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I find if you use smaller washer to fit inside the cups to press primarily on the part that goes into the head-tube, you have less chance of distorting the cups and causing problems.

Then again, for 6-years as a kid, I'd hammer in the headset-cups on my BMX bikes with a block of wood and a hammer and they worked OK.
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Old 12-07-10, 06:19 PM   #12
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I did make it over complicated and I am confident I can do this myself. I already picked up most of the pieces tonight minus the brass fitting and I hear nylon washers are also a good option.
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Old 12-07-10, 06:25 PM   #13
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Homemade headset presses are great. If you take your time, only do one cup at a time and make sure it goes in straight you will not hurt anything. You will see the headset being pressed in crooked well before permenant damage is created. just take your time.
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Old 12-07-10, 07:20 PM   #14
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Homemade headset presses are great. If you take your time, only do one cup at a time and make sure it goes in straight you will not hurt anything. You will see the headset being pressed in crooked well before permenant damage is created. just take your time.
I just did this last weekend. A couple of times the cups started going crooked, I stopped, tapped them back out with a mallet and started over. On both sides, 3rd time was charm. Two aborted efforts, then 3rd time cups went in straight. Truth be told, on the bottom cup, its was just slightly crooked at one point but I took a chance, gave the bolt a couple of turns and the thing sort of popped straight and in it went. I used a long bolt, two warshers on each side. I had brass fittings handy but turned out my bolt was too short to accomodate the fittings so I ended up just using washers.I read that as long as the washers contact only the flat bottom of the inside of the cup without contacting the beveled part, no worries.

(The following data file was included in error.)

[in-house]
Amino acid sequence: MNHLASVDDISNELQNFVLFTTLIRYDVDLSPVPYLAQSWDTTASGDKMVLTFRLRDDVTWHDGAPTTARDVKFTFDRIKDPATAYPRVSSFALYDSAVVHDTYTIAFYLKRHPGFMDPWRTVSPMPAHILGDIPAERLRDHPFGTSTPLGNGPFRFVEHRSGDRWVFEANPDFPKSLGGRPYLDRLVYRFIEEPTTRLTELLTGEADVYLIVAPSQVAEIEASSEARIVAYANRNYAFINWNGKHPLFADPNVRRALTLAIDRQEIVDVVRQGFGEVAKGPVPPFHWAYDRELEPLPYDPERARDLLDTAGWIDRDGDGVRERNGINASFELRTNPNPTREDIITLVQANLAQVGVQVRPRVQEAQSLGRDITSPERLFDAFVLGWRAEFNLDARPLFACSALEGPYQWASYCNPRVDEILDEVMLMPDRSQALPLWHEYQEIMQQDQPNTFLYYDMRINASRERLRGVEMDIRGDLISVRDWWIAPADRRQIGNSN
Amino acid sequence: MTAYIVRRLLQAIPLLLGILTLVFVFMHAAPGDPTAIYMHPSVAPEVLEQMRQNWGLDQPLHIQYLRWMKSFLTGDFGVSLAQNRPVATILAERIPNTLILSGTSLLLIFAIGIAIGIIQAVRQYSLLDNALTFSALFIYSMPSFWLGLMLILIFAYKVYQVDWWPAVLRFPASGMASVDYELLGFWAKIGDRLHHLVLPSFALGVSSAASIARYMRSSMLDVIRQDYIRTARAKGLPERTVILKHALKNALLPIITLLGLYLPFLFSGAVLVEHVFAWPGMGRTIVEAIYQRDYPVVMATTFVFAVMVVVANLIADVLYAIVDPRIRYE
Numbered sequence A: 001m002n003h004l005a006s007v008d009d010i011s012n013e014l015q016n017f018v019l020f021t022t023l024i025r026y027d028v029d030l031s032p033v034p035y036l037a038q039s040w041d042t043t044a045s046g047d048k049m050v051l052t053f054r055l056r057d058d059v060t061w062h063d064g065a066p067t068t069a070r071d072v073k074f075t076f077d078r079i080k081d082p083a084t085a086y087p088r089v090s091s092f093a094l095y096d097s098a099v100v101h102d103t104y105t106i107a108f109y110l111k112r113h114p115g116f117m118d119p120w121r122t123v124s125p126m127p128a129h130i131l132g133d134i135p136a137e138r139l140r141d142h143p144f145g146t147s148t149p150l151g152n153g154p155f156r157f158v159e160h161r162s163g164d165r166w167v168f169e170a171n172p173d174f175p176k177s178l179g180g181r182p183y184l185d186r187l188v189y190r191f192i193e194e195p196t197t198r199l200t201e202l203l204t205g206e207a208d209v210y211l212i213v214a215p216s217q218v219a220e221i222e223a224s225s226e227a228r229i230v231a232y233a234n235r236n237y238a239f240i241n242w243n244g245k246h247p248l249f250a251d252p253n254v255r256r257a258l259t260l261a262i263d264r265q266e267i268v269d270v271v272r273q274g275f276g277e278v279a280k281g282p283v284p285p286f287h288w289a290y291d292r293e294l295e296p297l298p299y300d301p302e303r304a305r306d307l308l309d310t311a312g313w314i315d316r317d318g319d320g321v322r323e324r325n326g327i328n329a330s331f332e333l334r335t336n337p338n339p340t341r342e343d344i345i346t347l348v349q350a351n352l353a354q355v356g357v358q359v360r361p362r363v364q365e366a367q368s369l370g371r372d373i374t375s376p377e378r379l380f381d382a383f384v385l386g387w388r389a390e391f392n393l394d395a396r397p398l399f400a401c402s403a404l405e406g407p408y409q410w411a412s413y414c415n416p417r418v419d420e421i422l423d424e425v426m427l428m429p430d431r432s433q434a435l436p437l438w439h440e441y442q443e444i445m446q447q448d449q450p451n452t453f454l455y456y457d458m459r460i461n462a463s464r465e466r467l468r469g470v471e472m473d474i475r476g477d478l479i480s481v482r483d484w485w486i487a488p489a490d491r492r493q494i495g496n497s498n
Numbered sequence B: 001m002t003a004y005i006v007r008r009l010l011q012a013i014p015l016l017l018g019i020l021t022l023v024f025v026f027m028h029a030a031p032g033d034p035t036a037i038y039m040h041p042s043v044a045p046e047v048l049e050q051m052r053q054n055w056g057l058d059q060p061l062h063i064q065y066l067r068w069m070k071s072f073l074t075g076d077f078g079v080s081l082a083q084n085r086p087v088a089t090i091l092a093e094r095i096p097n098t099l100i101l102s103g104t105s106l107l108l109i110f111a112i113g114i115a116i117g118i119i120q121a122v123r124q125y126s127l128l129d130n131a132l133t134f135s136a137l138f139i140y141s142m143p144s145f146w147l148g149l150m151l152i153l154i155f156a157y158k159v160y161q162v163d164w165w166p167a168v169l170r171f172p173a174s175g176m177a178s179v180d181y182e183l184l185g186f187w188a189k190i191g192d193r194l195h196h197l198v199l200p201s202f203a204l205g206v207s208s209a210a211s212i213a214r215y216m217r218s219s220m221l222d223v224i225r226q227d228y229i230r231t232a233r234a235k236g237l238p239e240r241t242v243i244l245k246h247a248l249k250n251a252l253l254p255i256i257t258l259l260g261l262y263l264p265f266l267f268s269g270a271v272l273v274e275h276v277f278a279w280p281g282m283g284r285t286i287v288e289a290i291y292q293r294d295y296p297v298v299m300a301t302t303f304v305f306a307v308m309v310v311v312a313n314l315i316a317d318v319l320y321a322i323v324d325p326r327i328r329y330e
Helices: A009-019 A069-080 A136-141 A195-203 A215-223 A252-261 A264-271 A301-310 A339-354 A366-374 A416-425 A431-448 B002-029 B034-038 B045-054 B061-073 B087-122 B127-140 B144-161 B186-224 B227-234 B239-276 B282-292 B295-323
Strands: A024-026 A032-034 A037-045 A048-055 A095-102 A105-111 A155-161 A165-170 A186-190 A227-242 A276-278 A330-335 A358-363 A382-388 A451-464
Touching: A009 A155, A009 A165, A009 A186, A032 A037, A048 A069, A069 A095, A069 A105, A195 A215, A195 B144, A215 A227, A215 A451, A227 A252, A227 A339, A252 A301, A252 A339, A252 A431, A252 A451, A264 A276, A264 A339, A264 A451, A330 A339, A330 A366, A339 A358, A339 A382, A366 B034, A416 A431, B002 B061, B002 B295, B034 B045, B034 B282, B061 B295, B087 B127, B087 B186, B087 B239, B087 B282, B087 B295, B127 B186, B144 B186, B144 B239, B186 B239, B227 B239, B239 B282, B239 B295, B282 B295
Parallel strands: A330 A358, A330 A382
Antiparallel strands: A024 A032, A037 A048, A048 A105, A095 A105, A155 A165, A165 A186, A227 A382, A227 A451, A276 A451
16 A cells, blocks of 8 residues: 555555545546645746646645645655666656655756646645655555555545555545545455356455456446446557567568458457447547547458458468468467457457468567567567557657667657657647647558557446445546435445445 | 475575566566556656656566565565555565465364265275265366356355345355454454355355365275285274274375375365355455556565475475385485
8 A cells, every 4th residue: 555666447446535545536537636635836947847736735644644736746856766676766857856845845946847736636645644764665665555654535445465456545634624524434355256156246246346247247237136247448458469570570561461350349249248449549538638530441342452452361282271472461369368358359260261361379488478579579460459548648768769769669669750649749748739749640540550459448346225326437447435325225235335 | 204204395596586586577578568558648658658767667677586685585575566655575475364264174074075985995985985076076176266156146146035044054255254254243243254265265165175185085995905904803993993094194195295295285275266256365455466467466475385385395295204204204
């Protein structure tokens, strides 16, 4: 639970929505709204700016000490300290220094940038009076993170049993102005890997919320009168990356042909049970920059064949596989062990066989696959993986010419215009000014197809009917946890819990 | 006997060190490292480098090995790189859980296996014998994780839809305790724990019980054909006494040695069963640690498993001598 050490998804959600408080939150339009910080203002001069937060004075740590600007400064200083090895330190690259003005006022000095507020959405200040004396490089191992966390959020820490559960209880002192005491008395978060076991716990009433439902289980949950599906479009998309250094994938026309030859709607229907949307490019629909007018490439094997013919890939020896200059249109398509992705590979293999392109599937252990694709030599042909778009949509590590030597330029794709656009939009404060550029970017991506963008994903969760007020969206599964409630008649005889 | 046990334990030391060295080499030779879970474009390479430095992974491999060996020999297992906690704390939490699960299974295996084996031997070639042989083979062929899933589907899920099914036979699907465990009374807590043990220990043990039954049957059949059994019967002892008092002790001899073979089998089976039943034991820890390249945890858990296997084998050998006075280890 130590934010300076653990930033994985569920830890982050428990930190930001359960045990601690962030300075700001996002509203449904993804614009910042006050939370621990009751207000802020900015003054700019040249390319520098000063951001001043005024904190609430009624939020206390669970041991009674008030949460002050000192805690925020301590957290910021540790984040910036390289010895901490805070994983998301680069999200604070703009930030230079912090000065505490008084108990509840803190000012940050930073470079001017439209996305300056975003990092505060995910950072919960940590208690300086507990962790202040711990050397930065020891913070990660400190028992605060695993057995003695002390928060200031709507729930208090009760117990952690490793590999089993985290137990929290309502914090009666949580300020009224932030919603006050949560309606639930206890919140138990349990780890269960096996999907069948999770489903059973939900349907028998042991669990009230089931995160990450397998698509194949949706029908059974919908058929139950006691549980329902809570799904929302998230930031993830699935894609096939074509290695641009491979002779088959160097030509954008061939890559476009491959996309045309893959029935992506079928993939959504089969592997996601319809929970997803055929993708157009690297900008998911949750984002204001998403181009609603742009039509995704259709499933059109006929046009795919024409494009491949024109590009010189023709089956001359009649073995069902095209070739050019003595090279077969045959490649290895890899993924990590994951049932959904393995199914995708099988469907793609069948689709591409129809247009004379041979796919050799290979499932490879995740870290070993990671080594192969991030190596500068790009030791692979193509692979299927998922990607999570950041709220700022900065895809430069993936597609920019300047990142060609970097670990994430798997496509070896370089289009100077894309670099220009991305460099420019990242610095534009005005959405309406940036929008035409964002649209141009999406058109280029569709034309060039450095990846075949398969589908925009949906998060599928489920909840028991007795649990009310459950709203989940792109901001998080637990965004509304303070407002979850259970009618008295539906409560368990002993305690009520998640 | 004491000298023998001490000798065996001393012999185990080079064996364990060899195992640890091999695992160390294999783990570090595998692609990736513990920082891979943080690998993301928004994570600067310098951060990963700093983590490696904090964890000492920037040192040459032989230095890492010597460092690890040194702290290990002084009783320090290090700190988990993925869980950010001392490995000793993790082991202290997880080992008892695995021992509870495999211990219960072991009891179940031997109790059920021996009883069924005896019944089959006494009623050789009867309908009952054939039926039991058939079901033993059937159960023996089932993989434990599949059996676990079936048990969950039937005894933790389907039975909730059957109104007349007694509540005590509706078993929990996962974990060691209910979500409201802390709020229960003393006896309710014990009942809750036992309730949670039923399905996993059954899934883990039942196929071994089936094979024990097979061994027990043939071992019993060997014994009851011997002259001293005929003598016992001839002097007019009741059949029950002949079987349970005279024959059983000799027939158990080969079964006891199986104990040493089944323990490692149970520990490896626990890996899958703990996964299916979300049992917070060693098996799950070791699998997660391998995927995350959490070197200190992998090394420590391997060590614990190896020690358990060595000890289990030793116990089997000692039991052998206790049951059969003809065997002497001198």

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Old 12-07-10, 07:43 PM   #15
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For me, I've found the tool jack sweeney describes on that page is what I've made and it works well for all the uses he mentions in the article.
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Old 12-07-10, 09:30 PM   #16
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The easiest thing to buy is a length of "all-thread" rod in 3/8" or 1/2" diameter. It's available at any hardware or home store in lengths from 1' to 3' so buy a length you need or cut down one that's longer than necessary. Also buy two nuts and a stack of large diameter (fender) washers for use at each end. I size mine to bear on the outside edges of the cups and use a disk of leather under the washers to protect the cup edges.
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Old 12-07-10, 09:34 PM   #17
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I find if you make one end of the homemade tool fixed and square, it installs the cups straight the 1st time without any problems. Do this by getting a long bolt and brazing/welding the washer to the hex-end. This makes sure the washer is always 90-degrees to the head-tube axis. Use this end to press on the cup and thread the nut on the other end.
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Old 12-08-10, 07:38 AM   #18
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The problem with long bolts is that they generally aren't threaded full length so you need a variety of lengths to cover various headtube lengths. All-thread rod, as the name implies, are indeed threaded full length so one tool can be used for any size frame.